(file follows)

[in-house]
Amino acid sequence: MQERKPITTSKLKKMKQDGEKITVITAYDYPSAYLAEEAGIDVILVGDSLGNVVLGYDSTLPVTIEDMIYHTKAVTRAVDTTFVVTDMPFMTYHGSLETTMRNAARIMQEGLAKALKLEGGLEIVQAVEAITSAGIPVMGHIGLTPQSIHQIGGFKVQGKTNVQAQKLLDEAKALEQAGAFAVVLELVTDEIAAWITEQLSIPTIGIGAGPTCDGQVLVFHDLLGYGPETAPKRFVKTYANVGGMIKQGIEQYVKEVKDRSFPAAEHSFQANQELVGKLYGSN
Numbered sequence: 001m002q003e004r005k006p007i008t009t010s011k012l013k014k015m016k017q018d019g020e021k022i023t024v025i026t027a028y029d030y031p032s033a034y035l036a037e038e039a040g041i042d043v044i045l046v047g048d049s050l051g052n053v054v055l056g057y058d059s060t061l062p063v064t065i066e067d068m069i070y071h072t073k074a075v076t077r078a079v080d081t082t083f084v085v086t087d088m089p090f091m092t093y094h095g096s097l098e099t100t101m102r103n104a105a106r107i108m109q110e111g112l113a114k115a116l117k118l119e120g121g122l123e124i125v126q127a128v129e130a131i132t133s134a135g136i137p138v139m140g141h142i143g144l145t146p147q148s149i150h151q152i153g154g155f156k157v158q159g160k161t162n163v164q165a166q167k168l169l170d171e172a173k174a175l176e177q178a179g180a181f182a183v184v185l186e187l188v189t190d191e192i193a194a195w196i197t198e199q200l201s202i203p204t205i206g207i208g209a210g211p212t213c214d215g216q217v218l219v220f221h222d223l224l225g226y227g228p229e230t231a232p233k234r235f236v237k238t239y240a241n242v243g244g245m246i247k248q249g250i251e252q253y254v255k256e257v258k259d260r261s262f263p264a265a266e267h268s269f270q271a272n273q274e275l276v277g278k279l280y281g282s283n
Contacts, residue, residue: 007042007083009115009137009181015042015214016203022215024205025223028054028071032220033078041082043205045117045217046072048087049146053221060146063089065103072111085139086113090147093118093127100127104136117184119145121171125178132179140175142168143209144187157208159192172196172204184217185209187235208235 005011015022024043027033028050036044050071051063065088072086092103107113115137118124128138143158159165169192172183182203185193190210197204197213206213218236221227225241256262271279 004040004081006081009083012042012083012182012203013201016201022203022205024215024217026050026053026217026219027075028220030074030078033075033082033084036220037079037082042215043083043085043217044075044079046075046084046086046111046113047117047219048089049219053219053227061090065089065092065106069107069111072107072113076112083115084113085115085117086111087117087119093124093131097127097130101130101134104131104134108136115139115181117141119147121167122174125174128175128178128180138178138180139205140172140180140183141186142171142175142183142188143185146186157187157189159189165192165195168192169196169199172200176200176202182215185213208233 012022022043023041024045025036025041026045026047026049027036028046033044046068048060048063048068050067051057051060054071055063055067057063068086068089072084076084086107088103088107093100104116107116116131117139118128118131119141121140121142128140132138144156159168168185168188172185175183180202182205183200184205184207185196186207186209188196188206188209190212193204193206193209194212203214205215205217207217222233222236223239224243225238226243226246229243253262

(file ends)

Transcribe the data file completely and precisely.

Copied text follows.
[in-house]
Amino acid sequence: MQERKPITTSKLKKMKQDGEKITVITAYDYPSAYLAEEAGIDVILVGDSLGNVVLGYDSTLPVTIEDMIYHTKAVTRAVDTTFVVTDMPFMTYHGSLETTMRNAARIMQEGLAKALKLEGGLEIVQAVEAITSAGIPVMGHIGLTPQSIHQIGGFKVQGKTNVQAQKLLDEAKALEQAGAFAVVLELVTDEIAAWITEQLSIPTIGIGAGPTCDGQVLVFHDLLGYGPETAPKRFVKTYANVGGMIKQGIEQYVKEVKDRSFPAAEHSFQANQELVGKLYGSN
Numbered sequence: 001m002q003e004r005k006p007i008t009t010s011k012l013k014k015m016k017q018d019g020e021k022i023t024v025i026t027a028y029d030y031p032s033a034y035l036a037e038e039a040g041i042d043v044i045l046v047g048d049s050l051g052n053v054v055l056g057y058d059s060t061l062p063v064t065i066e067d068m069i070y071h072t073k074a075v076t077r078a079v080d081t082t083f084v085v086t087d088m089p090f091m092t093y094h095g096s097l098e099t100t101m102r103n104a105a106r107i108m109q110e111g112l113a114k115a116l117k118l119e120g121g122l123e124i125v126q127a128v129e130a131i132t133s134a135g136i137p138v139m140g141h142i143g144l145t146p147q148s149i150h151q152i153g154g155f156k157v158q159g160k161t162n163v164q165a166q167k168l169l170d171e172a173k174a175l176e177q178a179g180a181f182a183v184v185l186e187l188v189t190d191e192i193a194a195w196i197t198e199q200l201s202i203p204t205i206g207i208g209a210g211p212t213c214d215g216q217v218l219v220f221h222d223l224l225g226y227g228p229e230t231a232p233k234r235f236v237k238t239y240a241n242v243g244g245m246i247k248q249g250i251e252q253y254v255k256e257v258k259d260r261s262f263p264a265a266e267h268s269f270q271a272n273q274e275l276v277g278k279l280y281g282s283n
Contacts, residue, residue: 007042007083009115009137009181015042015214016203022215024205025223028054028071032220033078041082043205045117045217046072048087049146053221060146063089065103072111085139086113090147093118093127100127104136117184119145121171125178132179140175142168143209144187157208159192172196172204184217185209187235208235 005011015022024043027033028050036044050071051063065088072086092103107113115137118124128138143158159165169192172183182203185193190210197204197213206213218236221227225241256262271279 004040004081006081009083012042012083012182012203013201016201022203022205024215024217026050026053026217026219027075028220030074030078033075033082033084036220037079037082042215043083043085043217044075044079046075046084046086046111046113047117047219048089049219053219053227061090065089065092065106069107069111072107072113076112083115084113085115085117086111087117087119093124093131097127097130101130101134104131104134108136115139115181117141119147121167122174125174128175128178128180138178138180139205140172140180140183141186142171142175142183142188143185146186157187157189159189165192165195168192169196169199172200176200176202182215185213208233 012022022043023041024045025036025041026045026047026049027036028046033044046068048060048063048068050067051057051060054071055063055067057063068086068089072084076084086107088103088107093100104116107116116131117139118128118131119141121140121142128140132138144156159168168185168188172185175183180202182205183200184205184207185196186207186209188196188206188209190212193204193206193209194212203214205215205217207217222233222236223239224243225238226243226246229243253262